The Parenting Marathon :: Pacing Myself to Finish Strong

Twenty-four. I stopped and did the math and the number of birthday parties I have hosted is TWENTY. FOUR.

My daughter recently had her fourth birthday. She was so excited. She wanted a Shopkins party. And then she wanted a Trolls party. And then Care Bears. And then Frozen. All I wanted was to stay home and enjoy Saturday with nothing on the calendar.

marathon parenting

Lauren is our third and last child. She is our baby. The girl born after two boys, she is truly our princess. For her first birthday I went all out with the décor and the theme, complete with matching dress. It was planned down to the color of the straws. For her second birthday, we turned our home into a Frozen wonderland. I learned to make glass candy JUST so I could put an edible frozen castle on top of her cake.

It was the same for my boys. I learned how to make fondant cakes years ago, just so they could have whatever monster truck or Star Wars cake their little hearts desired.

This year, as Lauren’s birthday approached, as usual, she became very excited. I really wanted to be enthusiastic about her birthday party. I really did. But I just wasn’t. I started thinking about why, and I came to the conclusion that I am just partied out!! My oldest is eleven and my second child is nine. Between the three, I have thrown 24 birthday parties at this point. 

NO WONDER I’m over it!!! We’ve seen Mickey Mouse, Spongebob, Monster Jam, Star Wars, Mario, and every single Disney Princess pass through this house on a party plate. We’ve partied at trampoline parks, water parks, pizza restaurants, indoor inflatable playgrounds, bowling alleys, laser tag arenas and 15 other places I can barely remember. We’ve rented bouncy castles and water slides at home and gone to my mom’s for the pool. We’ve had sleepovers and campfires and obstacle courses and every backyard sport you can imagine.

I don’t regret any of that. I tend to regret missed opportunities and things I didn’t do far more. I am glad my kids will have a collection of wonderful birthday memories. But as I reach this point of birthday-party burnout, I wonder … have I overdone it?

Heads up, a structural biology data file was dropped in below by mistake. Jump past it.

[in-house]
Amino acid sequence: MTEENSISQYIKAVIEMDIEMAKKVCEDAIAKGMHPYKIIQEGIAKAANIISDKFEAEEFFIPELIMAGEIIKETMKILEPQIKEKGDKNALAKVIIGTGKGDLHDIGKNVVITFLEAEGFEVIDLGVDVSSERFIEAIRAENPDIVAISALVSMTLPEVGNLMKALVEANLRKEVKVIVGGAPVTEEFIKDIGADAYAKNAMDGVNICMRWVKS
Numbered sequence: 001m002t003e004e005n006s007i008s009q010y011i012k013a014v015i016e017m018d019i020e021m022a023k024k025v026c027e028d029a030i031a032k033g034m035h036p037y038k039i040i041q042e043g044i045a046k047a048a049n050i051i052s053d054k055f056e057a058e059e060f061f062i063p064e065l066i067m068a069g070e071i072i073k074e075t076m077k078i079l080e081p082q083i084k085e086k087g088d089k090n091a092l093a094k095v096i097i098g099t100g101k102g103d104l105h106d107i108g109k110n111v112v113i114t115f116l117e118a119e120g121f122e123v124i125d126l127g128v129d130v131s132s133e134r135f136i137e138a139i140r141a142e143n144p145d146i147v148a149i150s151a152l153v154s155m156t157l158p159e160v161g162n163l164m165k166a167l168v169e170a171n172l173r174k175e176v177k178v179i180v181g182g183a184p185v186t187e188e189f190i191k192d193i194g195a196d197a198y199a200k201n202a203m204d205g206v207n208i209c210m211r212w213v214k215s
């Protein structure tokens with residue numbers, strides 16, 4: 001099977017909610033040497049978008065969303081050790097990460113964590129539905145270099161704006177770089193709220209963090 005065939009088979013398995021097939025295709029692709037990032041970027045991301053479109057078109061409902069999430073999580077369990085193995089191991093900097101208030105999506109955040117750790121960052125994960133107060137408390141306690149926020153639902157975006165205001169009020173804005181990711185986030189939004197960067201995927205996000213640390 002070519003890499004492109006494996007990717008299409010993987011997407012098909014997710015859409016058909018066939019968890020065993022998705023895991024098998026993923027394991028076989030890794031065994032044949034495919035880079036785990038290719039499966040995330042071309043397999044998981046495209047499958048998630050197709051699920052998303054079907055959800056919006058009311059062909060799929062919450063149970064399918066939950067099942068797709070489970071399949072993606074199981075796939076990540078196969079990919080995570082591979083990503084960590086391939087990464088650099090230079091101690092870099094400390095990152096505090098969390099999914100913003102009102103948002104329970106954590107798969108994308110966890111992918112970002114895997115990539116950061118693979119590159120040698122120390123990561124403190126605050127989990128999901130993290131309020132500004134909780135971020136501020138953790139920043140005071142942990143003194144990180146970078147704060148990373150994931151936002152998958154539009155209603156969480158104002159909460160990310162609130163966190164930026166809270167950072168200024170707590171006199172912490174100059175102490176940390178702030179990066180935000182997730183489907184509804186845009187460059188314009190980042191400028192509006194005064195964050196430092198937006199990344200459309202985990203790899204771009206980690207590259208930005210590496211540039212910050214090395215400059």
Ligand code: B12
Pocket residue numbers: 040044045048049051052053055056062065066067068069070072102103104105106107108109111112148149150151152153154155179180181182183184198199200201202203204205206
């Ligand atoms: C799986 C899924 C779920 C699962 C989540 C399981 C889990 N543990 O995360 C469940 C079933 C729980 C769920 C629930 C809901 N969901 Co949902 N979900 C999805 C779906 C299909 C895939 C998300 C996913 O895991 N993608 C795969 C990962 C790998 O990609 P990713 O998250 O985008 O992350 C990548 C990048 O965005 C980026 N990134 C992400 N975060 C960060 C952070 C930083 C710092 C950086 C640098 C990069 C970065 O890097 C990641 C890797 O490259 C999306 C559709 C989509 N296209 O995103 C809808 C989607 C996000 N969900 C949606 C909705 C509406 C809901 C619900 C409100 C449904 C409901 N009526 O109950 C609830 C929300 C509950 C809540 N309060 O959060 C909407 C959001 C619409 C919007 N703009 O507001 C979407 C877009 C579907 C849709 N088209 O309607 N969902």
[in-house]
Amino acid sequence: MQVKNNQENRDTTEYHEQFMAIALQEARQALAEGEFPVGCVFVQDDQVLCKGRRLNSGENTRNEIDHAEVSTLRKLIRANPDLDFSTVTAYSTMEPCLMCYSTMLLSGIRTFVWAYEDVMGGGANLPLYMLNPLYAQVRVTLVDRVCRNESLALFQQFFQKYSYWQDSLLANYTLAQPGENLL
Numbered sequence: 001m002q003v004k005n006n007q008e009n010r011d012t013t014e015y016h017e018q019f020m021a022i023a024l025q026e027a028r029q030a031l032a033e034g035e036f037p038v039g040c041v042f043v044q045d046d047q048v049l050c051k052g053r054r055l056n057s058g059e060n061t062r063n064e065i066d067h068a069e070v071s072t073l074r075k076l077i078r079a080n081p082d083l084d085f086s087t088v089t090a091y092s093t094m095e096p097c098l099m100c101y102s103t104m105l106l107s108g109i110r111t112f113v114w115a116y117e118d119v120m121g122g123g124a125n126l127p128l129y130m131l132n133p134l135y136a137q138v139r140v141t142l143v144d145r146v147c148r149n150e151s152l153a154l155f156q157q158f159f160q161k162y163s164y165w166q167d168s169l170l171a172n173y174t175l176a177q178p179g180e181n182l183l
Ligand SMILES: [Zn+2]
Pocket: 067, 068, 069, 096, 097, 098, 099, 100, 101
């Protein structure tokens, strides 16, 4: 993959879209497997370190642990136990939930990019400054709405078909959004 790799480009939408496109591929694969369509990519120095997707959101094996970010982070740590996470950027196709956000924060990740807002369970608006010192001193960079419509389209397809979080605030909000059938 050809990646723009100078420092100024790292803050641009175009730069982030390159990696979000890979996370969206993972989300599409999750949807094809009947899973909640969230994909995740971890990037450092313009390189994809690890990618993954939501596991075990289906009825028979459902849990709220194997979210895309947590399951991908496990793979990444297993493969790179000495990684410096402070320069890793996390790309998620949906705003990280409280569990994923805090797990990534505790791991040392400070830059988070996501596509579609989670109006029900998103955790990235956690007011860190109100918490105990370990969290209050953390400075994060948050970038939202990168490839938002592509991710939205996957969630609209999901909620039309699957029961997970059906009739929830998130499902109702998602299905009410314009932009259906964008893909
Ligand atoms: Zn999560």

I think for all of this time I believed I was not overdoing it. Compared to their peers (yes, I know comparison is evil. But still…) I didn’t feel like the parties were extravagant. We tried to keep the guest list light, mostly cousins and a few close friends. I tended to prepare food myself rather than buy it. I kept the party activities light and laid back (no crafts or structured activities) so everyone could just chat and enjoy each other’s company.

But still, here I am. Over it. Does everyone get to this point by the last child? If I’m honest, it’s not just parties. It’s really all of the routines and mandatory activities of parenthood. When I really stop and think about it, that’s actually the real issue.

School supply shopping? Over it.

Homework? Over it.

Strictly enforced bedtimes? Over it.

I’m basically feeling like all parents in the last week of May. Only I’m feeling like that year round.

Now don’t get me wrong. I love being a mom. I honestly enjoy each of my children, and I don’t look forward to them leaving home at all. I enjoy their company and spending time with them. But does there come a point where it’s okay for a mom to say that she’s kind of looking forward to the day when she can just enjoy them and not have to worry about all the things we supposedly HAVE to do?

I don’t know. But I still have a long way to go. I’m only halfway through this process. The oldest is about to be 12, so I’m 12 years in. But the youngest is only four, so I still have about 14 years to go. We still have high school and proms, dating and college testing. We still have to navigate alcohol use and sex, first jobs and last days of school.

It’s wayyyy too soon for me to start coasting. So I’ve come to the following realization: I have to remember that this thing is a marathon. And you can’t win a marathon if you sprint the whole time. I may have started out with a sprint, but I can’t maintain this kind of stride. Not if I’m going to go another 14 years. I have to pace myself.

Maybe every birthday doesn’t have to be a fantastical celebration. Maybe every occasion doesn’t need a new and perfectly coordinated outfit. Maybe it’s okay that we didn’t get professional pictures done EVERY year because at least we did it most years.

Maybe I’m not a Pinterest mom after all. But I am a solid mom. A consistent mom. A mom who values balance over fairy-tale. A mom who realizes that you may not be able to do as much for each of three children as you were able to do when it was just one. A mom who recognizes that she grows tired and weak, but who will strive to always make sure her children’s NEEDS are met.

So, to the teacher who only gets one decent gift card for teacher appreciation instead of five days of themed gifts: I’m not a lazy mom; I’m pacing myself.

To the guests at our future birthday parties who come expecting a meal but find only cake and ice cream: I’m sorry to disappoint; I’m just pacing myself.

To the visitor who drops by my house and finds dog hair on the floor: I’m not giving up; I’m just pacing myself.

But most importantly to my children: Although your mom gets tired, I’m in this for the long haul. While I might not be able to make every single moment of your childhoods magical, I can promise you I will see you through to the end. And when it seems like I’m over it, please know that I will never be over YOU. It’s just that mom-ing is a big job. And I’m pacing myself.

 

 

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